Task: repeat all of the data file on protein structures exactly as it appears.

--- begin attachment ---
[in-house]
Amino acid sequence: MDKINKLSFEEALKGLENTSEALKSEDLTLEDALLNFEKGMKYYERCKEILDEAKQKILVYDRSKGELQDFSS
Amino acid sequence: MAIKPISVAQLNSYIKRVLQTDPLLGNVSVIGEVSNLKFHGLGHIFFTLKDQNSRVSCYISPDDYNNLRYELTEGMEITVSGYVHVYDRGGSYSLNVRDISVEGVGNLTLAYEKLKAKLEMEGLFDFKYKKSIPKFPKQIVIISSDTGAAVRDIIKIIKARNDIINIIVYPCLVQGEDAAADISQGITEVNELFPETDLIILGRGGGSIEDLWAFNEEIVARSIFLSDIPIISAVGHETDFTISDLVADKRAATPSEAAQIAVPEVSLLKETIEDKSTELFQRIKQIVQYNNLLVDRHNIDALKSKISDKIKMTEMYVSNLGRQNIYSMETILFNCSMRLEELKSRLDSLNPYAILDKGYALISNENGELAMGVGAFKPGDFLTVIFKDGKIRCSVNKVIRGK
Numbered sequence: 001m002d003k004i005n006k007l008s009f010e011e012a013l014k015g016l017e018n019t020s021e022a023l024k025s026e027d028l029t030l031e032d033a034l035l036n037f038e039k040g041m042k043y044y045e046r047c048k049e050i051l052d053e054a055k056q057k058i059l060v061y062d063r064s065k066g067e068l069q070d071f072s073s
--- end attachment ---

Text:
[in-house]
Amino acid sequence: MDKINKLSFEEALKGLENTSEALKSEDLTLEDALLNFEKGMKYYERCKEILDEAKQKILVYDRSKGELQDFSS
Amino acid sequence: MAIKPISVAQLNSYIKRVLQTDPLLGNVSVIGEVSNLKFHGLGHIFFTLKDQNSRVSCYISPDDYNNLRYELTEGMEITVSGYVHVYDRGGSYSLNVRDISVEGVGNLTLAYEKLKAKLEMEGLFDFKYKKSIPKFPKQIVIISSDTGAAVRDIIKIIKARNDIINIIVYPCLVQGEDAAADISQGITEVNELFPETDLIILGRGGGSIEDLWAFNEEIVARSIFLSDIPIISAVGHETDFTISDLVADKRAATPSEAAQIAVPEVSLLKETIEDKSTELFQRIKQIVQYNNLLVDRHNIDALKSKISDKIKMTEMYVSNLGRQNIYSMETILFNCSMRLEELKSRLDSLNPYAILDKGYALISNENGELAMGVGAFKPGDFLTVIFKDGKIRCSVNKVIRGK
Numbered sequence: 001m002d003k004i005n006k007l008s009f010e011e012a013l014k015g016l017e018n019t020s021e022a023l024k025s026e027d028l029t030l031e032d033a034l035l036n037f038e039k040g041m042k043y044y045e046r047c048k049e050i051l052d053e054a055k056q057k058i059l060v061y062d063r064s065k066g067e068l069q070d071f072s073s